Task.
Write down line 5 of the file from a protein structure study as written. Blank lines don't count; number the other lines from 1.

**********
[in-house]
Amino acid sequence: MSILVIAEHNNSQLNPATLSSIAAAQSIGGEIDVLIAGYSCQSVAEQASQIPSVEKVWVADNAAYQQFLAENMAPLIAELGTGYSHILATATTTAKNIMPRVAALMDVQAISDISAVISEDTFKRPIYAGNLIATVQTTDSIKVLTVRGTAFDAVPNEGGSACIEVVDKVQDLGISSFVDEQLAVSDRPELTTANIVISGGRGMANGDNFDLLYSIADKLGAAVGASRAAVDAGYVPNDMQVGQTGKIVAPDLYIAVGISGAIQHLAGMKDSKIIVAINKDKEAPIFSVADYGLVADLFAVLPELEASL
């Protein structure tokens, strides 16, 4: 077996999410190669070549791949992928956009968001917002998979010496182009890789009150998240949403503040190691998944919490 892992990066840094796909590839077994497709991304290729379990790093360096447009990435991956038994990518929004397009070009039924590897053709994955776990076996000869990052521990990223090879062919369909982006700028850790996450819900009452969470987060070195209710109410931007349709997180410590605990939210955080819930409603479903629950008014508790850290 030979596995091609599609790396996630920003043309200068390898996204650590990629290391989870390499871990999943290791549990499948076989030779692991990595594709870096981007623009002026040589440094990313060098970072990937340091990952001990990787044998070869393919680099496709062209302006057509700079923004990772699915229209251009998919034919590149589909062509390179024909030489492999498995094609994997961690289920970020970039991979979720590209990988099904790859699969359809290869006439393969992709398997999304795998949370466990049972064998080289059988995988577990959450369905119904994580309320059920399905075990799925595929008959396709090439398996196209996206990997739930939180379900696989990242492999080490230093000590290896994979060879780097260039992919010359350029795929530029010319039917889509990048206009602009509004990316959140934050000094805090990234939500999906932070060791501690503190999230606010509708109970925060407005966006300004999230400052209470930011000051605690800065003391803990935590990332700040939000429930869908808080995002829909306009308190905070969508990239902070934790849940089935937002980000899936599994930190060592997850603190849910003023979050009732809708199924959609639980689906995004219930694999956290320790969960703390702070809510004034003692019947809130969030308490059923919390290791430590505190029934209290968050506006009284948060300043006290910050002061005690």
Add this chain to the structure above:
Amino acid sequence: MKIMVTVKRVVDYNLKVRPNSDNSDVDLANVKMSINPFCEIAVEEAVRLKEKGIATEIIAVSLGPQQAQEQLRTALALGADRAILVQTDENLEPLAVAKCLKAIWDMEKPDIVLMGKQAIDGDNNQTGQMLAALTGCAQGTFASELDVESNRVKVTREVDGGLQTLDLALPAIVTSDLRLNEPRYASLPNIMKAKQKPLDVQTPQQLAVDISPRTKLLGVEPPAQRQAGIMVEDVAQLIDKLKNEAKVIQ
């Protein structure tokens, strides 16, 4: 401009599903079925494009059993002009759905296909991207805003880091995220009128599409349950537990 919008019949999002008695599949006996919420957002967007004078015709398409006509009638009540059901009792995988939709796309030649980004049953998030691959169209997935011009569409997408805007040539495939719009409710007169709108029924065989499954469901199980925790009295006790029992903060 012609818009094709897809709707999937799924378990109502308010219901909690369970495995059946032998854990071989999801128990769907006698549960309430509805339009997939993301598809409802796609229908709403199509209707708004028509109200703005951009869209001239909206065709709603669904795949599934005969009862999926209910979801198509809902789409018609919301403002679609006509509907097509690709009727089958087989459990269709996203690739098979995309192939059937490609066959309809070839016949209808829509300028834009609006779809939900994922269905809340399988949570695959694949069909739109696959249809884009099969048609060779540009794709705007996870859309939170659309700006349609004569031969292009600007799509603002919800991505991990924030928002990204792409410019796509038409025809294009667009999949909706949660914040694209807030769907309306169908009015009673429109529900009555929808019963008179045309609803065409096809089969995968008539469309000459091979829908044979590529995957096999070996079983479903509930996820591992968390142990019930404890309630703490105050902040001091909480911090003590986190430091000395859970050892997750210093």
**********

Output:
Amino acid sequence: MKIMVTVKRVVDYNLKVRPNSDNSDVDLANVKMSINPFCEIAVEEAVRLKEKGIATEIIAVSLGPQQAQEQLRTALALGADRAILVQTDENLEPLAVAKCLKAIWDMEKPDIVLMGKQAIDGDNNQTGQMLAALTGCAQGTFASELDVESNRVKVTREVDGGLQTLDLALPAIVTSDLRLNEPRYASLPNIMKAKQKPLDVQTPQQLAVDISPRTKLLGVEPPAQRQAGIMVEDVAQLIDKLKNEAKVIQ